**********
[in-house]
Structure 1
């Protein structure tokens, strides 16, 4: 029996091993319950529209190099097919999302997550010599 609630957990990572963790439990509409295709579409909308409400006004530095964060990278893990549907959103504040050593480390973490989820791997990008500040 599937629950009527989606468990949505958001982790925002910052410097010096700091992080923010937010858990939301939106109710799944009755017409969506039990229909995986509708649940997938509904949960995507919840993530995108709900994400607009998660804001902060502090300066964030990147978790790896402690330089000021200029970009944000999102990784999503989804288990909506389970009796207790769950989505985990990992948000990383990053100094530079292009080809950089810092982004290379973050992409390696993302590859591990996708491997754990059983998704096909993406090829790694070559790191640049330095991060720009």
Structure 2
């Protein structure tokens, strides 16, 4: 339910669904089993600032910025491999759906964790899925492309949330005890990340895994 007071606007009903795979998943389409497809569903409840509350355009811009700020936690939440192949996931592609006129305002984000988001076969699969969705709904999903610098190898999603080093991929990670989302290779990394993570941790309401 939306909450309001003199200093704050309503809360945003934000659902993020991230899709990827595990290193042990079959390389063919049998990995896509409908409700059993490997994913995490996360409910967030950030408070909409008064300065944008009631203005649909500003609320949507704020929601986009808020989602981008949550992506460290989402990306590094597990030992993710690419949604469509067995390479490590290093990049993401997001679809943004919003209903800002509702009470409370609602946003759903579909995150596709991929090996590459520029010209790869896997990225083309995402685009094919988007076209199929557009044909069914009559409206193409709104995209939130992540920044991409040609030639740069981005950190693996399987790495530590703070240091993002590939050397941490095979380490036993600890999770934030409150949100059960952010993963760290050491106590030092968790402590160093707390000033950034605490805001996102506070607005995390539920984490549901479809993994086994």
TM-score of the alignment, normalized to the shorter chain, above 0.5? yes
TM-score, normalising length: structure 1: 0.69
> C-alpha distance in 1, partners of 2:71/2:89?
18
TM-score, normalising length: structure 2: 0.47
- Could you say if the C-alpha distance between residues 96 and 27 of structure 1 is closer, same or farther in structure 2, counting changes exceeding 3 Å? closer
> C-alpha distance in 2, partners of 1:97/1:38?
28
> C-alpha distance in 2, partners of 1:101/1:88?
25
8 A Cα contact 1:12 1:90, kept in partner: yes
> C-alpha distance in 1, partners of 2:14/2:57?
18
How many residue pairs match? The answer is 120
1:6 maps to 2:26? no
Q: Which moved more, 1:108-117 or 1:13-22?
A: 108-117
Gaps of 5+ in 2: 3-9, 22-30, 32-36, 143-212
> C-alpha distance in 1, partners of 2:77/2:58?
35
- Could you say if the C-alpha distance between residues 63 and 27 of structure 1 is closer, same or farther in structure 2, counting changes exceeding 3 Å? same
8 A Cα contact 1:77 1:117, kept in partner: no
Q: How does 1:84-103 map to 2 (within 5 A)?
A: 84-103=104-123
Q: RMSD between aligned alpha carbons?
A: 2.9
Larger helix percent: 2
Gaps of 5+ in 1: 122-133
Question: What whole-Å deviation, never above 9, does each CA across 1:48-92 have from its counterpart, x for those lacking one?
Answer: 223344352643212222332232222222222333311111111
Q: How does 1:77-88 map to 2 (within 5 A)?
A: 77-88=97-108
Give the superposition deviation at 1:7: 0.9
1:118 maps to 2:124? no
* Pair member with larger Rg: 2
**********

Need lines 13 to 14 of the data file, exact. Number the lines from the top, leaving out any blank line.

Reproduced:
28
> C-alpha distance in 2, partners of 1:101/1:88?